## Elasticity of Demand – CBSE Notes for Class 12 Micro Economics

Introduction

This is a numerical based chapter on elasticity of demand, price elasticity of demand and its measurements, also discussing the factors affecting it.

1. Elasticity of Demand: The degree of responsiveness of demand to the changes in determinants of demand (Price of the commodity, Income of a Consumer, Price of related commodity) is known as elasticity of Demand.
2. It may be of three types: namely,
(a) Price elasticity of Demand.
(b) Income elasticity of Demand,
(c) Cross elasticity of Demand. 3. (a) The degree of responsiveness of quantity demanded to changes in price of commodity is known as price elasticity of Demand.
(b) It is quantitative statement, i.e., it tells us the magnitude of the change in quantity demanded as a result of change in price.
4. The degree of responsiveness of demand to change in income of consumer is known as income elasticity of demand.
5. The degree of responsiveness of demand to change in the price of related goods (substitute goods, complementary goods) is known as cross elasticity of demand.
Note: Income and cross elasticity of demand is outside the scope of 12 class syllabus. So, this chapter deal with price elasticity of demand.
6. Percentage Method/Flux Method for calculating price elasticity of demand:
According to this method, price elasticity of demand is measured by dividing the percentage change in quantity demand by the percentage change in price. Note: Mathematically speaking, price elasticity of demand (ep) is negative, since the change in quantity demanded is in opposite direction to the change in price. When price falls, quantity demanded rises and vice-versa. But for the sake of convenience in understanding the magnitude of response of quantity demanded to the change in price, we ignore the negative sign and take into account only the numerical value of the elasticity. Thus, if 5% change in price leads to 15% change in quantity demanded of good X and 30% change in that of Y, the above formula of elasticity will give the value of price elasticity of good X equal to 3 and of good Y equal to 6. It indicates that the quantity demanded of good Y changes much more than that of good X in response to a given change in price. But if we write minus signs before the numerical values of elasticities of two goods, that is, if we write the elasticities as – 3 and – 6 respectively as strict mathematics would require us to do, then since – 6 is smaller than – 3, we would be misled in concluding that price elasticity of demand of Y is less than that of X.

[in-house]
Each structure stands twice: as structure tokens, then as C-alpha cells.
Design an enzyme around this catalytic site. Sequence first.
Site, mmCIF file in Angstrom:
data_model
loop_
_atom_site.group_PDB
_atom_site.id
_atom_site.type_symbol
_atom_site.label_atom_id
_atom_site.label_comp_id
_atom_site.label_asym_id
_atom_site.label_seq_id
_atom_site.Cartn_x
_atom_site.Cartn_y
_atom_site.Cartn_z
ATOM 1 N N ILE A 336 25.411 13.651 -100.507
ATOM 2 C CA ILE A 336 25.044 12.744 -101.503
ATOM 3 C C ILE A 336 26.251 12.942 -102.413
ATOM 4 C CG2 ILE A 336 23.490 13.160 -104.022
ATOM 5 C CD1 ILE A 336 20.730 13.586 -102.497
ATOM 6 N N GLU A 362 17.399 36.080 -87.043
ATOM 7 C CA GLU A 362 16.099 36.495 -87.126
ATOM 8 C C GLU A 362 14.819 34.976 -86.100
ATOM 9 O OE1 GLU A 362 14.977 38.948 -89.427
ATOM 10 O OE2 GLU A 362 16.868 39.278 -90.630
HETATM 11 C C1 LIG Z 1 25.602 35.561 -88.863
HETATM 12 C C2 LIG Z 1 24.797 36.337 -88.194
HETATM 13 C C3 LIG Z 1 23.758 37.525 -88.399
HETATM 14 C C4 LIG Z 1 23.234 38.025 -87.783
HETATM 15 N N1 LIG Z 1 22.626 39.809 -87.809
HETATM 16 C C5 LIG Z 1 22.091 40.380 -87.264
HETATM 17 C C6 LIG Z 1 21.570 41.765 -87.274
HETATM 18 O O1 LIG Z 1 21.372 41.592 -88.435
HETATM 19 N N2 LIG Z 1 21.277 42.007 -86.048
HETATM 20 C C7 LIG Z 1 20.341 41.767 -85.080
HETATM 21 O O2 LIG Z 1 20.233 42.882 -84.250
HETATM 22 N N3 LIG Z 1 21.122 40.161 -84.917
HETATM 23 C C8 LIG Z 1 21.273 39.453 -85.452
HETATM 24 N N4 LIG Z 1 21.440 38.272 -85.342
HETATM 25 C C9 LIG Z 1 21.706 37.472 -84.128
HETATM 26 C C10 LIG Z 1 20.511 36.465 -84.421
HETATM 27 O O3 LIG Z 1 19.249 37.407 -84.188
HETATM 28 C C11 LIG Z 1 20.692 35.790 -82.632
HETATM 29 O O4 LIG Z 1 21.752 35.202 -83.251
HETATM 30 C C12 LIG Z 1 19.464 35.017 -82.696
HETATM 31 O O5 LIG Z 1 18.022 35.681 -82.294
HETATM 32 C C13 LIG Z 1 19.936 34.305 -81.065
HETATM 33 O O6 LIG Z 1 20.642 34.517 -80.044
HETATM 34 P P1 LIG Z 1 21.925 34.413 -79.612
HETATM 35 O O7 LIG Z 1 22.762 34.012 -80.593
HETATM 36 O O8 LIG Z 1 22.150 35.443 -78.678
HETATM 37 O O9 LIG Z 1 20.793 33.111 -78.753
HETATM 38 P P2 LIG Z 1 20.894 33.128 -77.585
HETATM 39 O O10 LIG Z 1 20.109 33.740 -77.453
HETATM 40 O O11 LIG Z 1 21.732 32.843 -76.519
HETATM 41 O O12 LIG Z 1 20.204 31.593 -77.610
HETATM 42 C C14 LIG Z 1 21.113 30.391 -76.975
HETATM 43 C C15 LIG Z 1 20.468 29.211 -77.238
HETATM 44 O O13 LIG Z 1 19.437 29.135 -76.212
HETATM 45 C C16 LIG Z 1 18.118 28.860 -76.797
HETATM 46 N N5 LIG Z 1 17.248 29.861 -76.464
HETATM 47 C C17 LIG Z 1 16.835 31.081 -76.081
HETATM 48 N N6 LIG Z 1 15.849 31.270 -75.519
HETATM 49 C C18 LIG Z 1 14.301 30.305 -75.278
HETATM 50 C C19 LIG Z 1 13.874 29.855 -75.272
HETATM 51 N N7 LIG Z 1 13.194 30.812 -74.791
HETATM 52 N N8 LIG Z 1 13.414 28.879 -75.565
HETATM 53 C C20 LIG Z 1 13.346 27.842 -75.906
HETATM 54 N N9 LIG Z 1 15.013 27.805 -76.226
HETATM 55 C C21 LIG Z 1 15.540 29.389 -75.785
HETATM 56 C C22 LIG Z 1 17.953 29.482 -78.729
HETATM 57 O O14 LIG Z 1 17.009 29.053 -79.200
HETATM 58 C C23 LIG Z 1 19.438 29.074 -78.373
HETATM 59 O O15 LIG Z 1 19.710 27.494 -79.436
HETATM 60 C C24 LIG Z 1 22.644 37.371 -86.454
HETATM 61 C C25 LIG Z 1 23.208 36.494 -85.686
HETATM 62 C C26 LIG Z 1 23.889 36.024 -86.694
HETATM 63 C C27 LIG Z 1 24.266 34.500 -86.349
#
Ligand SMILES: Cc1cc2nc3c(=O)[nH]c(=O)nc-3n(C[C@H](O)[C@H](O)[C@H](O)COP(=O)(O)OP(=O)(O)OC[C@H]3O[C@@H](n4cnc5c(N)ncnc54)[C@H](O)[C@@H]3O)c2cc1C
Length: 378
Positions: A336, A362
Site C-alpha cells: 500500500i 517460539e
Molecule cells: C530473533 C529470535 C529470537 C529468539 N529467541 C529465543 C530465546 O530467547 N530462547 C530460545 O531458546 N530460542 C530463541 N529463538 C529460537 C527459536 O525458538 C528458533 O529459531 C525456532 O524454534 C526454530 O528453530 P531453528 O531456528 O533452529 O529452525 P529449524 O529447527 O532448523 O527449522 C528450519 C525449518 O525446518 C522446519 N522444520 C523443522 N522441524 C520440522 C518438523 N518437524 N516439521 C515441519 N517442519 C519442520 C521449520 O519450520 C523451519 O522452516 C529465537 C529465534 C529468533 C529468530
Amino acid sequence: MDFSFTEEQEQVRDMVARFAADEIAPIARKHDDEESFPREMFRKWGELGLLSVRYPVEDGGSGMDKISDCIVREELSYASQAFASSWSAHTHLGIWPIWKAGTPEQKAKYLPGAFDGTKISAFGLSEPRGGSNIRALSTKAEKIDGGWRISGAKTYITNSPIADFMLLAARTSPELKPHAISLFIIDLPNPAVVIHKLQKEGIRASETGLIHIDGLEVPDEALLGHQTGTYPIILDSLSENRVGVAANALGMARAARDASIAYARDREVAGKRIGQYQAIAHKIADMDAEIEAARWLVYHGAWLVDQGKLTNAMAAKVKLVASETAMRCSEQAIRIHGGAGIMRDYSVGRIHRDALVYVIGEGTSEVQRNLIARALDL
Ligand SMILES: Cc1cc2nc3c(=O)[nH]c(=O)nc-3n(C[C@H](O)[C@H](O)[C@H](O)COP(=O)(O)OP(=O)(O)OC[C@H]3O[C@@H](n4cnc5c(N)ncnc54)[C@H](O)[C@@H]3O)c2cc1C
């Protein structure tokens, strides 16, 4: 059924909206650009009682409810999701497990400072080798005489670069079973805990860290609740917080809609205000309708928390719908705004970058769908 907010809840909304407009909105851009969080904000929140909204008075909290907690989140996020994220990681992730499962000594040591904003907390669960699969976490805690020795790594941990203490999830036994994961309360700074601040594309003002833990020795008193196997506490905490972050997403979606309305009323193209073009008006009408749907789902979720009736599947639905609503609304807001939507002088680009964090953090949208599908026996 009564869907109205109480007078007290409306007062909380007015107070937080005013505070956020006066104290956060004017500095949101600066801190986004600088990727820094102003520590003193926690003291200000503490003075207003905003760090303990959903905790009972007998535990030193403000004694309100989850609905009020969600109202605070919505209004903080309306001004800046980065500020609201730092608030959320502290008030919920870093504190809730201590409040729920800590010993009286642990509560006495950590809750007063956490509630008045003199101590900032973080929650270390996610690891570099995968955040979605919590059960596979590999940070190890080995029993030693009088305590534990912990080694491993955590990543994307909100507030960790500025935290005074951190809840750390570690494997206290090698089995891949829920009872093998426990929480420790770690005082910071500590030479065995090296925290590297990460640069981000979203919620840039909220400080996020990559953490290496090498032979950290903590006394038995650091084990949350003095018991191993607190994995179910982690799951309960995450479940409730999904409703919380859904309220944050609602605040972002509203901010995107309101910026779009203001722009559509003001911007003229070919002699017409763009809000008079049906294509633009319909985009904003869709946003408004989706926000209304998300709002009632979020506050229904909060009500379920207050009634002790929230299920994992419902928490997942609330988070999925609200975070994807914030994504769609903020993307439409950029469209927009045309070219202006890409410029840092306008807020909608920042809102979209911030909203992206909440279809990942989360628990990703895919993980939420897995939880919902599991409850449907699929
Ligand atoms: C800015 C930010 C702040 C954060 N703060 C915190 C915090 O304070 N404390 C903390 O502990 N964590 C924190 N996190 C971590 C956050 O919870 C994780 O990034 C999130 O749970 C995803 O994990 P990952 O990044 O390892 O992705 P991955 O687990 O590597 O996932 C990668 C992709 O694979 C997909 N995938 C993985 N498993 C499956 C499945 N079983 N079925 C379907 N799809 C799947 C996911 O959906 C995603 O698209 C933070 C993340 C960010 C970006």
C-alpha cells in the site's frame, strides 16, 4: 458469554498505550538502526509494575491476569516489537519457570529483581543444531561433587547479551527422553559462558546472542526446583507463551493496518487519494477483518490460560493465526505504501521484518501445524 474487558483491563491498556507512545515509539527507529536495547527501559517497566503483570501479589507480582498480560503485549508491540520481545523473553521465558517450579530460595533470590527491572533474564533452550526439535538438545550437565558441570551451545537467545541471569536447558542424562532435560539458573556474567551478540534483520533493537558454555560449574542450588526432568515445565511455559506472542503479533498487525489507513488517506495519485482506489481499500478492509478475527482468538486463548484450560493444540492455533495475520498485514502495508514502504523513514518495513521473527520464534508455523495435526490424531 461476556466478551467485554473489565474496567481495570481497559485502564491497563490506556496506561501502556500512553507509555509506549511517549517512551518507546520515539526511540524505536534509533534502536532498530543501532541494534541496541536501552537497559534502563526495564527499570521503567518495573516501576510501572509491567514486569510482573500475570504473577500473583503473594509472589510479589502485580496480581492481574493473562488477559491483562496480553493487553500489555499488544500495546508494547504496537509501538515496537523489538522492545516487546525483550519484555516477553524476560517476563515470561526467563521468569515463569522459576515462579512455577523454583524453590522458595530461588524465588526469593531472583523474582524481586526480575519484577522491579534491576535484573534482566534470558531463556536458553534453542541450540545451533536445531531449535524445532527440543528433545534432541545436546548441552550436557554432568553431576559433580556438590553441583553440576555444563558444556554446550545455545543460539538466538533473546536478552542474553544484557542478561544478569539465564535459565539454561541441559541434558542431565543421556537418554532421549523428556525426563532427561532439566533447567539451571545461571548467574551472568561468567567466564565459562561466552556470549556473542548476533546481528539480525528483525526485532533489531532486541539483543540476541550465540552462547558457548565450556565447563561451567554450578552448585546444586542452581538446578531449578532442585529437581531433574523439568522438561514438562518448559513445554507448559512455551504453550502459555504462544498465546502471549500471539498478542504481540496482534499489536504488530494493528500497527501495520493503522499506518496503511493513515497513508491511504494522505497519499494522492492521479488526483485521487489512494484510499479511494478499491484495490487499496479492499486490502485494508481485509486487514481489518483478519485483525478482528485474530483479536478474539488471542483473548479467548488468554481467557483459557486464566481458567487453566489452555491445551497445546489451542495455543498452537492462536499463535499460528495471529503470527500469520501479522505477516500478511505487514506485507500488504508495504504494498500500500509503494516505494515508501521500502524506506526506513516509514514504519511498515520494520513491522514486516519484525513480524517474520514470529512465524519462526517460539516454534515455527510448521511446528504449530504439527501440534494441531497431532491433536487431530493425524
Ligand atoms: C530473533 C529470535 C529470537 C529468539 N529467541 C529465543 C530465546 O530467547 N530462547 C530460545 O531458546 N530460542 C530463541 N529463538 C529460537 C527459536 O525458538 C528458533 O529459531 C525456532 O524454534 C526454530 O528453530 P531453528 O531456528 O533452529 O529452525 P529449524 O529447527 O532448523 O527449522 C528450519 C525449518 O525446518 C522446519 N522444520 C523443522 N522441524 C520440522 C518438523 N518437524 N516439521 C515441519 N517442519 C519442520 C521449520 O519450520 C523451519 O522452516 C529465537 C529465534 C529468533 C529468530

But as we have noted above, response of demand for Y to the change in price is greater than that of X, it is better to ignore minus signs and draw conclusions from
the numerical values of elasticities. Hence by convention minus sign before the value of price elasticity of demand is generally ignored in economics.
7. There are five degrees of price elasticity of demand.
(a) Unitary elastic demand: If percentage change in the quantity demanded is equal to percentage change in price of the commodity, then ED = 1 and the result is known as unitary elastic demand.   Negative sign indicates the inverse relationship between price and the quantity demanded.
PED = 1 [Unitary elastic demand]
(b) More than unitary elastic demand or elastic demand: If percentage change in quantity demanded is more than the percentage change in price of the commodity then, ED > 1 and result is known as more than unit elastic demand. (c) Less than unitary elastic demand or inelastic demand: If percentage change in quantity demanded is less than the percentage change in price of the commodity, then ED < 1 and the result is known as less than unit elastic demand. (d) Perfectly elastic demand: If quantity demand changes and price remains constant, then ED = Î±  and the result is known as perfectly elastic demand.   (e) Perfectly Inelastic demand: If price is changed ,and quantity demanded constant,then ED=0 and the result is known as Perfectly Inelastic demand. 8. Total outlay method or Total Revenue Method or Expenditure method for calculating price elasticity of demand
(a) Total expenditure method indicates the direction in which total expenditure on a product changes as a result of change in price of the commodity.
(b) According to this method, there are three broad possibilities as shown below:
Case I: Inelastic Demand:
(i) When the total expenditure (Total revenue) varies directly with price, price elasticity of demand is less than one (i.e., demand is inelastic).
(ii) In other words, with the fall in price, total expenditure (Total revenue) decreases or with a rise in price, total expenditure (Total revenue) increases. Case II: Elastic Demand:
(i) When the total expenditure (Total revenue) varies inversely with price, price elasticity of demand is greater than one, (i.e. demand is elastic).
(ii) In other words, with the fall in price, total expenditure (Total revenue) increases, or with a rise in price, total expenditure (Total revenue) decreases. Case III: Unitary Price Elasticity:
(i) When the total expenditure (Total revenue) remains the same, whatever may be the change in the price level, price elasticity of demand is said to be unity. 9. Geometrical Method or Point Method for Calculating Price Elasticity of Demand:
(a) According to point method, elasticity of demand at any point is measured by dividing the lower segment of demand curve with the upper segment of the demand curve at that point. It can be calculated by dividing the lower segment by upper segment. Factors Determining Price Elasticity Of Demand For A Good

They are as follows:
1. Nature of commodity: Elasticity of demand of a commodity is influenced by its nature.